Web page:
I’ve been in Benin-city for less than six hours and I’ve already heard the most outrageous (true) stories, laughed until my stomach clenched in protest and howled from every spectra of emotion from the things I’ve seen and heard. 

I could write an essay, several actually; on what this city means to me. How the differing landscapes are as familiar as my name, or my ears receiving  the flavour of Pidgin English makes my heart crackle and pop and how it is the language I’m most comfortable with, even though I first heard it after my seventeenth birthday. Perhaps it is the abundance of plantain and how you can get masses of it at prices that would shoot guilt daggers in you, or my favourite people calling this city home- especially that five year old girl who makes me believe in soul mates and past lives. 

Maybe it’s the ease of conversation here, and the music with the words I don’t understand even if I twirl the rhythm  around my fingers, as my mind uproots stories I am too lazy to sit in front of a computer and strike the keys that unlock the magic.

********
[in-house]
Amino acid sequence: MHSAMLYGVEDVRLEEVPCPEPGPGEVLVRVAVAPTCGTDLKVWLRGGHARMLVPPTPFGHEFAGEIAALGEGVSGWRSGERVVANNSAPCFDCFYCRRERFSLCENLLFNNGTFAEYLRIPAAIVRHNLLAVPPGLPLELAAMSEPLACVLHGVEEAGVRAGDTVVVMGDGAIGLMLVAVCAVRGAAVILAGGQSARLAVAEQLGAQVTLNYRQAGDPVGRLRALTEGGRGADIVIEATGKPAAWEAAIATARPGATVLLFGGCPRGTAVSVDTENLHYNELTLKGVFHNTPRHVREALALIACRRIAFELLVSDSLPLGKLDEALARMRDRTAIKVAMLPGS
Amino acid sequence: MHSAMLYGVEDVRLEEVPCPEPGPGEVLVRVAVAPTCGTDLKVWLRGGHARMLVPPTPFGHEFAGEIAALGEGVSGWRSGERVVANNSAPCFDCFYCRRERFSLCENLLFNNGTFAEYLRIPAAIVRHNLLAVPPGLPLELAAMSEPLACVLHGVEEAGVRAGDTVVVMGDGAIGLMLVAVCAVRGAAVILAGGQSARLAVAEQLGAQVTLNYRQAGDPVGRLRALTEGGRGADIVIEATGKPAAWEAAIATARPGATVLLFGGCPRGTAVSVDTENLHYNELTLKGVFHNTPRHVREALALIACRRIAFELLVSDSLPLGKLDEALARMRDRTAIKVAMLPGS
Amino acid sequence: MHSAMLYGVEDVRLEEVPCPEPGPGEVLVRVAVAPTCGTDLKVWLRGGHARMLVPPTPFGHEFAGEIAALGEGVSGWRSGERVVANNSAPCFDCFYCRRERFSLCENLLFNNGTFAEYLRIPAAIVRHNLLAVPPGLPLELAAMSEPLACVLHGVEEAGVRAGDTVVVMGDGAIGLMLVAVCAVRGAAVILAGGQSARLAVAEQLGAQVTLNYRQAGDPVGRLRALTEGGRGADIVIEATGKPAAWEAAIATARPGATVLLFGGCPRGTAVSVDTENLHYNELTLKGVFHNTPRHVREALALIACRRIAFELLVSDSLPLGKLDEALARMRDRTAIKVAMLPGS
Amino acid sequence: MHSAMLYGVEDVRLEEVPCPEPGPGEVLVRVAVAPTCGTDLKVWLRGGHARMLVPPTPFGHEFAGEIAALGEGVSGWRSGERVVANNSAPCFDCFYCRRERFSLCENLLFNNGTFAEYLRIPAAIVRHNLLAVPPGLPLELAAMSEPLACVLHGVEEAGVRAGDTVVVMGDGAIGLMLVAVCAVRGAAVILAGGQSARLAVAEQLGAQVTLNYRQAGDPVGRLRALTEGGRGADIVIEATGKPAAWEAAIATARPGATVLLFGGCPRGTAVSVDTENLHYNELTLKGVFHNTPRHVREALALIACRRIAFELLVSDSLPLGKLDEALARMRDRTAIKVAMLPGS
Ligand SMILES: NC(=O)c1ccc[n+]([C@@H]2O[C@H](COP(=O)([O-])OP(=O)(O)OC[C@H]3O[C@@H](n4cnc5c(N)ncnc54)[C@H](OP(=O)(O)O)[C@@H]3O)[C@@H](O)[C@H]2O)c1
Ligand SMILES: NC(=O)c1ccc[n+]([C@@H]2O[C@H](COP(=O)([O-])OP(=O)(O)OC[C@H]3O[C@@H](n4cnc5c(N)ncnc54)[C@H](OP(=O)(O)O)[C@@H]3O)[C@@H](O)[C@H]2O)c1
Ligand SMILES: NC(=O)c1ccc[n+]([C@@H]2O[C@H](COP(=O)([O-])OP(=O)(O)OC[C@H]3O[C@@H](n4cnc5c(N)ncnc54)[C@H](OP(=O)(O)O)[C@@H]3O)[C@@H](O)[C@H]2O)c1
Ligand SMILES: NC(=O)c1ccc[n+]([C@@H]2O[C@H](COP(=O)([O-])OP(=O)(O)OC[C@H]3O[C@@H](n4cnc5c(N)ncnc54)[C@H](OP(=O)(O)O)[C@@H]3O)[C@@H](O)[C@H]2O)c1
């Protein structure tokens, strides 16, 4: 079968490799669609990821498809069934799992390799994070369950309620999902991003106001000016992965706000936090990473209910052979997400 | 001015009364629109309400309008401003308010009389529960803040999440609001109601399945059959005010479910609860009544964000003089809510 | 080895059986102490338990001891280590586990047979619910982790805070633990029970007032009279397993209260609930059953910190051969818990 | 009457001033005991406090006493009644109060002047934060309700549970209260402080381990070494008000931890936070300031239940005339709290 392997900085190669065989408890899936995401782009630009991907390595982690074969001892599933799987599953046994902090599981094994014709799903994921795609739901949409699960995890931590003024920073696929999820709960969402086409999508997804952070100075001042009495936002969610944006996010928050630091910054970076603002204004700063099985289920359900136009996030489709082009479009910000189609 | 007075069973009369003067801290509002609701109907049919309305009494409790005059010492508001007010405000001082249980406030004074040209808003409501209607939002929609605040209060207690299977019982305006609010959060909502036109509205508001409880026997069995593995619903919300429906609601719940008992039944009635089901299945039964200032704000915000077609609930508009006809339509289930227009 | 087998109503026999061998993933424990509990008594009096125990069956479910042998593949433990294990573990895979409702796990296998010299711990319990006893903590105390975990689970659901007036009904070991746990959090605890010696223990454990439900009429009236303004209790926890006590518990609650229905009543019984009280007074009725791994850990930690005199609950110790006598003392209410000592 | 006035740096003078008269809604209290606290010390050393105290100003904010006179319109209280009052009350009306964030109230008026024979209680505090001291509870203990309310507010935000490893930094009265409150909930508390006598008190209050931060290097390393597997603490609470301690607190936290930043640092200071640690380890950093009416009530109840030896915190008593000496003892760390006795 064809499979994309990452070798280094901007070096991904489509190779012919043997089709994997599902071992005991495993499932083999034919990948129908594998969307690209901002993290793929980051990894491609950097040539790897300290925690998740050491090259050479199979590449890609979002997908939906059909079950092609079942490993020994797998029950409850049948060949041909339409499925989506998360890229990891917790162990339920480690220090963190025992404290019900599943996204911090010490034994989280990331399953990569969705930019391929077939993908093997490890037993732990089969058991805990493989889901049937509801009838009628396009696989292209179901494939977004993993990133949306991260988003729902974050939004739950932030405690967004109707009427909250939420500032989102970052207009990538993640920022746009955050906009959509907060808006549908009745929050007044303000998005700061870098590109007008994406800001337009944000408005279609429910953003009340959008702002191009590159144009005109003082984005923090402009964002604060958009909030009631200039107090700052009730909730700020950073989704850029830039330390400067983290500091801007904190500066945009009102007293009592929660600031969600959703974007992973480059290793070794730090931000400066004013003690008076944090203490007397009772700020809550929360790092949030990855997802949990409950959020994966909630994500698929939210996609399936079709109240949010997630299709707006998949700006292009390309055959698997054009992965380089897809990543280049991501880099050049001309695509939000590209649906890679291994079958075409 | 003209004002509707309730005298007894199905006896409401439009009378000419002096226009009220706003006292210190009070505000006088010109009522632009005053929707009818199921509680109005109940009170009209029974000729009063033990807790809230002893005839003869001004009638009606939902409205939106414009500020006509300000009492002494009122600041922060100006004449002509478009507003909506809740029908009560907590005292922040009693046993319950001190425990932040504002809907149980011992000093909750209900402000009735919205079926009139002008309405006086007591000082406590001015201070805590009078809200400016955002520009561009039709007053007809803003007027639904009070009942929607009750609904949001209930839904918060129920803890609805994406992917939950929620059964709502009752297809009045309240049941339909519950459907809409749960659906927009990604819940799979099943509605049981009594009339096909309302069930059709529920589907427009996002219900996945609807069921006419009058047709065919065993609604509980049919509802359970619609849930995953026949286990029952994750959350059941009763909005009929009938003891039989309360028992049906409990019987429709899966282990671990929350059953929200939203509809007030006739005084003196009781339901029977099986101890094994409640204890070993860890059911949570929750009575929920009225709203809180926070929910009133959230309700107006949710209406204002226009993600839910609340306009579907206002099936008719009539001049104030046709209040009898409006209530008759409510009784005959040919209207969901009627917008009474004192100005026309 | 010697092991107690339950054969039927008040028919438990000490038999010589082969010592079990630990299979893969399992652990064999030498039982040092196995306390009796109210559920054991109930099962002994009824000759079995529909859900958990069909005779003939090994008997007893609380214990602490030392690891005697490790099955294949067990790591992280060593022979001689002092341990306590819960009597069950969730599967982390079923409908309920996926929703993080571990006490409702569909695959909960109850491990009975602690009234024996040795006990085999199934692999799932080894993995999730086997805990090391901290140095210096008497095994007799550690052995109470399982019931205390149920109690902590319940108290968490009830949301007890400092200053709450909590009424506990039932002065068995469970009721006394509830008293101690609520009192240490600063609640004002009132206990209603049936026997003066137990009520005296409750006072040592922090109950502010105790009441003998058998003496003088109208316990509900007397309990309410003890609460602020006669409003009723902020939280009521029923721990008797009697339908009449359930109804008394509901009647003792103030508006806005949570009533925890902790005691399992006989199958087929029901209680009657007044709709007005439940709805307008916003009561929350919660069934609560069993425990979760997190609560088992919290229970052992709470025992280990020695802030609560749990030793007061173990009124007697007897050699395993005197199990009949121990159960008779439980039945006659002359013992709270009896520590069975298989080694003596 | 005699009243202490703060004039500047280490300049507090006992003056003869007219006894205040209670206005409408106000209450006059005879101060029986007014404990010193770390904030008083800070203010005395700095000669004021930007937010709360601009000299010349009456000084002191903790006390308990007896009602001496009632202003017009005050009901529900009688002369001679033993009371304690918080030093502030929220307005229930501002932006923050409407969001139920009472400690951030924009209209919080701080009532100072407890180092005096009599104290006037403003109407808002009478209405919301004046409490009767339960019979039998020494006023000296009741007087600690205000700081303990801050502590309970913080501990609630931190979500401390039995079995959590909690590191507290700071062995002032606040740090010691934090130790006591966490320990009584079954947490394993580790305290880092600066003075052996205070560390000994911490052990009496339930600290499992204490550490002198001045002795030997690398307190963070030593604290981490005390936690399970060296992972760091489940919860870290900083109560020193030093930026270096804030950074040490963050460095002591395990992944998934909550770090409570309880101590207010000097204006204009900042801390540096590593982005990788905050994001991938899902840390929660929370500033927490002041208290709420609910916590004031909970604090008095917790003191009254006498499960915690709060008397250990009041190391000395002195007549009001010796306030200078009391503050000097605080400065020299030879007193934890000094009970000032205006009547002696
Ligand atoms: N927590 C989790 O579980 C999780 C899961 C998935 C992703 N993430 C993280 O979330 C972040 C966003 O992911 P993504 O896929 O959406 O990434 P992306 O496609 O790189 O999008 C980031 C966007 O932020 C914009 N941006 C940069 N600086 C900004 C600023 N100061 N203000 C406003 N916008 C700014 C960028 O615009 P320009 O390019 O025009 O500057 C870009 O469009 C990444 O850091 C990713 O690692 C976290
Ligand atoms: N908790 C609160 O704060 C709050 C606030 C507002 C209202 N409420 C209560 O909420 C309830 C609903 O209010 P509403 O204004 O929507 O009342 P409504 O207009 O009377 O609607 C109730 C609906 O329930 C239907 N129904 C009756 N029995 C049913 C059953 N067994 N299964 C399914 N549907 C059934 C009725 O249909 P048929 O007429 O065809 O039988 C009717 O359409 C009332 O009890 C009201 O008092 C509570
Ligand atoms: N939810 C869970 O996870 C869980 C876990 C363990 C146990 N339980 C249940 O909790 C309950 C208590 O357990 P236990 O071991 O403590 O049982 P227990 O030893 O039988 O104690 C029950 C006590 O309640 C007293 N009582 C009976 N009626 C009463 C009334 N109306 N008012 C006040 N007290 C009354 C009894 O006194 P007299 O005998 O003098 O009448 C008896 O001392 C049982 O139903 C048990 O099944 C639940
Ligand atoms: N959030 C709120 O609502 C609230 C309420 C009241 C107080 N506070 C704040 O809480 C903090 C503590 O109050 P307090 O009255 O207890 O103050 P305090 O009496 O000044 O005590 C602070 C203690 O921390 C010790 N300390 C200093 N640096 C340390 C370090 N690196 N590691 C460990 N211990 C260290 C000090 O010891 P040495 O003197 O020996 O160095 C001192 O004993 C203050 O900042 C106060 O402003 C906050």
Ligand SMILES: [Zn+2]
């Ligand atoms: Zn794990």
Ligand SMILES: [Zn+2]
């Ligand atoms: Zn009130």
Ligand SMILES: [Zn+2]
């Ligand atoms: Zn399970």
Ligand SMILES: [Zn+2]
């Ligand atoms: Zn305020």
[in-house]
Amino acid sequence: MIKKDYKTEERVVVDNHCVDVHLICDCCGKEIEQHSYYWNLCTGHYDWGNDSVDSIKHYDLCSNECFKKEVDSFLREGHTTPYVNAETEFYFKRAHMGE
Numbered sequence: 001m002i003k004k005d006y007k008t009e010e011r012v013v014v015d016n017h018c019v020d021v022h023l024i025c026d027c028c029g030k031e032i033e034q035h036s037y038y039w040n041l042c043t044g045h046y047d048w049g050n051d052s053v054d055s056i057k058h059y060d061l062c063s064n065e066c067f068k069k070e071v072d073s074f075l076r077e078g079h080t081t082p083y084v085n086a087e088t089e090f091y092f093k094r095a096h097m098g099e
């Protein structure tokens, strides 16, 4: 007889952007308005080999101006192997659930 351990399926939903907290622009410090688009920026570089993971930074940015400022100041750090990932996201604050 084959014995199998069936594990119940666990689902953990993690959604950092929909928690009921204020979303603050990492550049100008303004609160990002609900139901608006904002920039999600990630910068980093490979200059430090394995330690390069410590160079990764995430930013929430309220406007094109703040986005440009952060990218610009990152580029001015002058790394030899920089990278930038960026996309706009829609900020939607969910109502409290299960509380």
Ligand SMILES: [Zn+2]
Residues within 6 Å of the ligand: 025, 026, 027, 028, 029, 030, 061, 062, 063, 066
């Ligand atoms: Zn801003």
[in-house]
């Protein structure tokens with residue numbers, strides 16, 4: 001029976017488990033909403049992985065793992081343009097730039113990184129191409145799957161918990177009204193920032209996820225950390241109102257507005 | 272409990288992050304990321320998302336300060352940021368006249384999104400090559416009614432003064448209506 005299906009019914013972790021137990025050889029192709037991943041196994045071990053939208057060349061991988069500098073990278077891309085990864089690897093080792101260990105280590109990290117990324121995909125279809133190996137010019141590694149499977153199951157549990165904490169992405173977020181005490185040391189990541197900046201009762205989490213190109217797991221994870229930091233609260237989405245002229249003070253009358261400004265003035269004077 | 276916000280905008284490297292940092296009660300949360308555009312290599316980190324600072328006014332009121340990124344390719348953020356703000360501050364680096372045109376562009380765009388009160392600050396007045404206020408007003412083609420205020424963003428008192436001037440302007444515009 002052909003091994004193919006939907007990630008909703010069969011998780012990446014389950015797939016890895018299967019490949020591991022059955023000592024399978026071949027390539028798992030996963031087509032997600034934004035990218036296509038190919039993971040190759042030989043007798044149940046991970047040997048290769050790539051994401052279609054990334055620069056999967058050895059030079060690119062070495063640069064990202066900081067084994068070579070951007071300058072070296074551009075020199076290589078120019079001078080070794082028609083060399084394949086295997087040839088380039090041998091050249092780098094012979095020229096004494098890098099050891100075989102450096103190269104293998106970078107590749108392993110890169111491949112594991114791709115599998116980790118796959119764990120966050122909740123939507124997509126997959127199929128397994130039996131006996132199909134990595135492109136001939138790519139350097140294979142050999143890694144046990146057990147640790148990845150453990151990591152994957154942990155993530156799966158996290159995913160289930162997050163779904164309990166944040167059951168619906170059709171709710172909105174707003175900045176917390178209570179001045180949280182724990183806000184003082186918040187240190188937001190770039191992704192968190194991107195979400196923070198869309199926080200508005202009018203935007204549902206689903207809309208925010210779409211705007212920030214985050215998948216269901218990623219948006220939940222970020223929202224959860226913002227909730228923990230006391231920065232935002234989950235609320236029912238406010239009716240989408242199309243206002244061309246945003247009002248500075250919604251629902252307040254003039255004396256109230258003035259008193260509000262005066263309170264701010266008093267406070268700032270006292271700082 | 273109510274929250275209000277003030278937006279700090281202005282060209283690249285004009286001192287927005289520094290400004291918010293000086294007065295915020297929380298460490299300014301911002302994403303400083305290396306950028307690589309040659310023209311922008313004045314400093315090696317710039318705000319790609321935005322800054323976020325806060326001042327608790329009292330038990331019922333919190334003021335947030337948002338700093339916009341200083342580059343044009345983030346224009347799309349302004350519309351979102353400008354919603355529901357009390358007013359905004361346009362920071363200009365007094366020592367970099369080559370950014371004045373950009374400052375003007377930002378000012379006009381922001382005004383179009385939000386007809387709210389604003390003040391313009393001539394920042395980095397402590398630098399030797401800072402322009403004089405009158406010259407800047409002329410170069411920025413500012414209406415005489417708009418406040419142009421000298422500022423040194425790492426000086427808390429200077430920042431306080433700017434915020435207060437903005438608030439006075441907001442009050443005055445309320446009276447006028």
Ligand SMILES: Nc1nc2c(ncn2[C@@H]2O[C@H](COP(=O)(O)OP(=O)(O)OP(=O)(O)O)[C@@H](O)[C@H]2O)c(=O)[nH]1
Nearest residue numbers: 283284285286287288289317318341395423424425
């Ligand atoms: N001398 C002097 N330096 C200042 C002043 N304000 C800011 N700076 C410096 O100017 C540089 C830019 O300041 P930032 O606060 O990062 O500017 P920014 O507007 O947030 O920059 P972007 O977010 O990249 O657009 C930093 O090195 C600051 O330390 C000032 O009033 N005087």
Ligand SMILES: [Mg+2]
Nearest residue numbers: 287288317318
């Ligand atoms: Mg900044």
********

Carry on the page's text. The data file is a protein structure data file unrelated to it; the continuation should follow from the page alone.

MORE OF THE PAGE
I should write “I love Benin-city”, but that is not wholly true; each time I scoop from the cauldron, the emotions are never the same. I’ll just write the truest thing- this town is where all my parts collide, where I am most capable of being me.

Lyrically- Look what Love Has Done to Me

Tomorrow’s my friend’s birthday, I met him on his birthday… not physically, on WhatsApp. It was his picture that brought us together, he was posed with a toothpick in his mouth and for a reason I cannot decipher even three years later, I was so irked by it that I kept complaining to Hero who’d put up the picture. Hero was irritated by my pestering and forwarded his number for me to tell him myself.